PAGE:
By Gloria Montgomery, CRDAMC Public Affairs
FORT HOOD (Now designated Fort Cavazos), Texas –There were no hotshot hoopsters or heroic dunks. Instead, it was a grueling battle of the hoops with every point valiantly earned. When the final buzzard sounded, it was all just numbers on a scoreboard, secondary to a win or a loss. What was really at play during the Warrior Transition Unit’s wheelchair basketball tourney were grit, determination and luck.
The event, held in honor of Warrior Care month, pitted WTU’s three companies and Carl R. Darnall Army Medical Center’s Troop Command vying for the win. Alpha company took the title by defeating B Company 14-13. Coming in third by clobbering Troop Command was HHC with a 12-6 victory.
“It really gives you an appreciation of the challenges people in wheelchairs have,” said HHC company commander, Capt. Carly Buglino who admits she’s a decent hoopster on a regular basketball court. “It certainly didn’t matter today because in wheelchair basketball you are limited to just using your upper body strength to shoot. It definitely gives you a different perspective on so many things we take for granted.”
Capt. Eric Mehta, Troop Command executive officer, welcomed the shooting limitations.
“I’m terrible at basketball, but I’m a lot better at wheelchair basketball,” he said, adding that it was the first time he had ever been in a wheelchair. “It’s surprisingly pretty easy to get around on the court, but it’s definitely tough making those baskets.”
Troop Command started strong in its wheelchair basketball debut, but collapsed after numerous missed shots, according to Mehta.
“It’s hard taking a shot since you can’t use your legs,” he said. “We just got tired.”
For Spc. Tyrone Hagans, the basketball event served as an introduction to his days ahead in the WTU.
“I was just expecting to go to appointments,” he said. “Something like this is amazing and so unexpected. It really puts a smile on my face.”
Wheelchair basketball is part of the Military Adaptive Sports Program that provides reconditioning activities and competitive athletic opportunities to wounded, ill and injured service members to improve their physical and mental quality of life through recovery and transitioning. Developed by World War II veterans, wheelchair basketball is an official Paralympic sport.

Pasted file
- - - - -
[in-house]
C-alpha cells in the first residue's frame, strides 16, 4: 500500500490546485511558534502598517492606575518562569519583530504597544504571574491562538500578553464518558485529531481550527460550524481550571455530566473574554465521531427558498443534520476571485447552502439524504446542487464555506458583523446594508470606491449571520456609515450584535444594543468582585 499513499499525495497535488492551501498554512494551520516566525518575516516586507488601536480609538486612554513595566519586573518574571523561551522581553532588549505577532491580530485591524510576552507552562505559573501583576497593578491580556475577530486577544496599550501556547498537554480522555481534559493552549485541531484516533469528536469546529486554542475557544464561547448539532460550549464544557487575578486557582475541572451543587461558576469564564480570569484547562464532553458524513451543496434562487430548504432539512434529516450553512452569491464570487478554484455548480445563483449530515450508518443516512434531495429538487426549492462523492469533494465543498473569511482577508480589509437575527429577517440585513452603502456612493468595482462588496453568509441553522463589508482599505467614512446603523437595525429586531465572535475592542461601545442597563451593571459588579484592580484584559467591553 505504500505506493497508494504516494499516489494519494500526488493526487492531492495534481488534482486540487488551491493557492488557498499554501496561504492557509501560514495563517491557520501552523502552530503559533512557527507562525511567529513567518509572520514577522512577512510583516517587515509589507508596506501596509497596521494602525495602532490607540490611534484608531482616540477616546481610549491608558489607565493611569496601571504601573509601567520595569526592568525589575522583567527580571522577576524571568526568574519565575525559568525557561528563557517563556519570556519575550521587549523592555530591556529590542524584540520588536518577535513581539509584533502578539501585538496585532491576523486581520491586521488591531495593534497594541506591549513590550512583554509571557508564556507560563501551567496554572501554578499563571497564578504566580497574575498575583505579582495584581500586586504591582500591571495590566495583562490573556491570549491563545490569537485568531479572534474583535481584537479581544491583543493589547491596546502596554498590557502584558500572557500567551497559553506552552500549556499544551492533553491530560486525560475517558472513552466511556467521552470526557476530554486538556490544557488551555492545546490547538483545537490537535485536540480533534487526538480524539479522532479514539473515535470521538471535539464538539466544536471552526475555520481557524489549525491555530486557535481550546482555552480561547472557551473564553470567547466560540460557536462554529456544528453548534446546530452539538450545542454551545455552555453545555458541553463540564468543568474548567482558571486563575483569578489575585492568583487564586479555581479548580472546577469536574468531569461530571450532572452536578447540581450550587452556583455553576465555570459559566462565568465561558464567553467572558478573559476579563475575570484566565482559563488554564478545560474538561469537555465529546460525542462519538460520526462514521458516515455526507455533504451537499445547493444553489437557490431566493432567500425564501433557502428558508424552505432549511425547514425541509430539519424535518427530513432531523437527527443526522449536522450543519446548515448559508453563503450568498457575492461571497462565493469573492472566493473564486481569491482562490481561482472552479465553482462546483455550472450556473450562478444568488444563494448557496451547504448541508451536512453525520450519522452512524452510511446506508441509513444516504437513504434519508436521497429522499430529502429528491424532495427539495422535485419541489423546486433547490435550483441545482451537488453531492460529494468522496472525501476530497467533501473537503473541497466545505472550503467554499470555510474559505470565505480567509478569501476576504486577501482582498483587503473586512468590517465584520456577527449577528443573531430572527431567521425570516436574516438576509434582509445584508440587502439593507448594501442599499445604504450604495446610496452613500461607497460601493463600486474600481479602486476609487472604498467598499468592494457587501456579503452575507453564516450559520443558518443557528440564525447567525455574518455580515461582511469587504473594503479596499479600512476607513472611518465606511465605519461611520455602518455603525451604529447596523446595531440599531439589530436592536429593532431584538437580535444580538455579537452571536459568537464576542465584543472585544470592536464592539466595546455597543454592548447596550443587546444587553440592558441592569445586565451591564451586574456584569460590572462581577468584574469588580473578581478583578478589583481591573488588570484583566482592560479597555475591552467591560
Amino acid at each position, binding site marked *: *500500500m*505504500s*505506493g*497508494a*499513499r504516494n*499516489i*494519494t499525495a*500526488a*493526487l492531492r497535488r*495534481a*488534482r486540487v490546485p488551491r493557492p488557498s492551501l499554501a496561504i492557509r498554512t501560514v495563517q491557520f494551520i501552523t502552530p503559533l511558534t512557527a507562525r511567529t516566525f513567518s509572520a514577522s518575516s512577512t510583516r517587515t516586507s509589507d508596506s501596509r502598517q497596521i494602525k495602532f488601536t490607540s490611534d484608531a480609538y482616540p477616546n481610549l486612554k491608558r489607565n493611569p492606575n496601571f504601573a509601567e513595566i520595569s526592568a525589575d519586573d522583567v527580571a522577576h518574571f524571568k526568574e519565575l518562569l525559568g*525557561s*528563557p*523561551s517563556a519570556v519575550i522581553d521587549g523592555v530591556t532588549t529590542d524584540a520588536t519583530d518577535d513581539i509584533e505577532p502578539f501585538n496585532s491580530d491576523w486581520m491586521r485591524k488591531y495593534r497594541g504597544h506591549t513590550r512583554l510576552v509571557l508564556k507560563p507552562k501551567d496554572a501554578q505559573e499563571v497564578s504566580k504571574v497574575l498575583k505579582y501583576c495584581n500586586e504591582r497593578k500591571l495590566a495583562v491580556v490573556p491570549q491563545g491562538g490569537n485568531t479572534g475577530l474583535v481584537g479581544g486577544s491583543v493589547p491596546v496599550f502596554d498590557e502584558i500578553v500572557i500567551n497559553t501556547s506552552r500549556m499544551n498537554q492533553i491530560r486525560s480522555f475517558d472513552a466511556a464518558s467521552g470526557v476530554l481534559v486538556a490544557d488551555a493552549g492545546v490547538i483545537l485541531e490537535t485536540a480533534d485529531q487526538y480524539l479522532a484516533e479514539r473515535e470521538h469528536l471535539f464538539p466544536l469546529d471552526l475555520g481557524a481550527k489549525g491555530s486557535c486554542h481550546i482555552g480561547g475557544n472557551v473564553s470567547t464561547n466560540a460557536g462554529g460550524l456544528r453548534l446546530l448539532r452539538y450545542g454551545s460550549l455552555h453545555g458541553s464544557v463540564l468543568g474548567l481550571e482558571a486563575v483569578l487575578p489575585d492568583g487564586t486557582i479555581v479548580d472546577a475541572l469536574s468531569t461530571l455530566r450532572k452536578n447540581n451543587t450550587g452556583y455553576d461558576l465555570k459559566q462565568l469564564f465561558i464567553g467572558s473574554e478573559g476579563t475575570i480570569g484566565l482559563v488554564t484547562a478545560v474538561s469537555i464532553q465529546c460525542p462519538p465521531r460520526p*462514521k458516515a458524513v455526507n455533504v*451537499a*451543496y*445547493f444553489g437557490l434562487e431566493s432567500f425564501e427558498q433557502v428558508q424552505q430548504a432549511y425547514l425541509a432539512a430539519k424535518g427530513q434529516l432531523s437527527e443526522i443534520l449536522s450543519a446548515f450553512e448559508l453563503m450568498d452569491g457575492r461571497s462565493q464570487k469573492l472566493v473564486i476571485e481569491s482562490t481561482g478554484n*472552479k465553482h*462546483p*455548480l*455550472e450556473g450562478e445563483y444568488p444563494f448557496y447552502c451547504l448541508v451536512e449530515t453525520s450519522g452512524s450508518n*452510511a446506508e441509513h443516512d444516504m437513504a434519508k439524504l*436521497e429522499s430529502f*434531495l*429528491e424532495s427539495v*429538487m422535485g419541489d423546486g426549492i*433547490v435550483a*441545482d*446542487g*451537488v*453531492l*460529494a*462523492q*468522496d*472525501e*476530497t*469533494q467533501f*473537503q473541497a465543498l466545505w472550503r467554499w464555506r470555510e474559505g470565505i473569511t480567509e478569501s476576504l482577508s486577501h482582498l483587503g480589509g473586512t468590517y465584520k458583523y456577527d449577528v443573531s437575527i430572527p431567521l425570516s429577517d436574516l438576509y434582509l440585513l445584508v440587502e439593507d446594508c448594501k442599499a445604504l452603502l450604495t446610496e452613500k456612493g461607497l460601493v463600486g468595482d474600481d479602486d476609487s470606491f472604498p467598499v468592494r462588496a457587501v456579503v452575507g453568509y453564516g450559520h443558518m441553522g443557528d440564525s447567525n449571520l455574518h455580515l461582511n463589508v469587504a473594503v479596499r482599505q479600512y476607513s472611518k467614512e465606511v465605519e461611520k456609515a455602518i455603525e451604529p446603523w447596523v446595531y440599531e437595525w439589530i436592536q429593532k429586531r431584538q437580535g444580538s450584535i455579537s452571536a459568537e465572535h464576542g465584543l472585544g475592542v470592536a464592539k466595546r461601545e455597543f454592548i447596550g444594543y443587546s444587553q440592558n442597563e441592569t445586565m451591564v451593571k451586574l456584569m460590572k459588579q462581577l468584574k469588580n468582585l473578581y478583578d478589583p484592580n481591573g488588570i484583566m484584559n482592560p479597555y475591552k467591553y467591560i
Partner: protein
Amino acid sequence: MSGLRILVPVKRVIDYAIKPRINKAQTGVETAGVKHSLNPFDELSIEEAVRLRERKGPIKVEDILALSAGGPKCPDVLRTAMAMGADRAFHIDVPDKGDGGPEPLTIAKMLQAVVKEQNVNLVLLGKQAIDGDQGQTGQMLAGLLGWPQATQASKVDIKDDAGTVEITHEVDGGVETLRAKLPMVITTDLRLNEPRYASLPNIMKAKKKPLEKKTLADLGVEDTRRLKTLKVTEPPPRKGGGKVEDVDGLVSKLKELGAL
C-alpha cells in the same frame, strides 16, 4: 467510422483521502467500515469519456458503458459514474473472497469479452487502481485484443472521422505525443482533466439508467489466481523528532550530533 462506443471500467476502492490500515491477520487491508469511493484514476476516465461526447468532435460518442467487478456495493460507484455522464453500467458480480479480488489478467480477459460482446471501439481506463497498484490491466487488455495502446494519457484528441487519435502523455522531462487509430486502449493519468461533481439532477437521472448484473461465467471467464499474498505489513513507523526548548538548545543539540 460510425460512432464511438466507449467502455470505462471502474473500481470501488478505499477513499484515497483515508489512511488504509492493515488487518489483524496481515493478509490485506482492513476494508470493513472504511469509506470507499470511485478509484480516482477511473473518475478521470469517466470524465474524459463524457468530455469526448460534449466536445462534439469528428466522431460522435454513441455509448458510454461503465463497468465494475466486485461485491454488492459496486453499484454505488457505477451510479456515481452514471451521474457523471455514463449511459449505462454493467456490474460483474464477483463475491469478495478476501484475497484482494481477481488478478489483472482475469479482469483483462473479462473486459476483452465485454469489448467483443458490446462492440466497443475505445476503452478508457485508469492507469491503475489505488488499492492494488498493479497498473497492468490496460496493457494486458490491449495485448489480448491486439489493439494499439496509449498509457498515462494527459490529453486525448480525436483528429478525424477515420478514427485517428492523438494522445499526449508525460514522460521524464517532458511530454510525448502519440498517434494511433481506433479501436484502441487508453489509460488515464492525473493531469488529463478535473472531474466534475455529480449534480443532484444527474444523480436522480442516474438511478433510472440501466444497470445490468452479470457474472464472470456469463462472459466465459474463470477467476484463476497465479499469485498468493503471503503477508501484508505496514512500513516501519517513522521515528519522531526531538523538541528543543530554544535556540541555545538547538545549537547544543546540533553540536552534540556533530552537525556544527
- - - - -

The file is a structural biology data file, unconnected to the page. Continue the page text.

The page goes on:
Although the WTU regularly holds company scrimmages, this was Troop Command’s first exposure to a Paralympic sport.
“It was an eye-opening experience for my Soldiers,” said Lt. Col. Scott Stokoe, Troop Command commander. “Playing really helped them understand and appreciate the complexity of participating in an even like wheelchair basketball.
The competitive collaboration between the two units also helped Stokoe and his Soldier athletes gain an insight into the WTU program.
“Even though a win would have been great,” he said, “but what was more important is that my Soldiers really gained an appreciation for some of the challenges and opportunities afforded WTU Solders.”
Although wheelchair basketball is just one component of the WTU’s Military Adaptive Reconditioning Program (MARP), the activities all contribute to the healing and transitioning of Fort Hood (Now designated Fort Cavazos)’s wounded, ill and injured Soldiers.
“It’s all about troop and medical readiness,” said Capt. Michael Cooper, commander, B Co., WTU. “We have some Soldiers trying to get back into the fight and some transitioning out. The WTU allows these Soldiers to take a knee, but at the same time continue to meet the standards of the Army and focus on their transition.”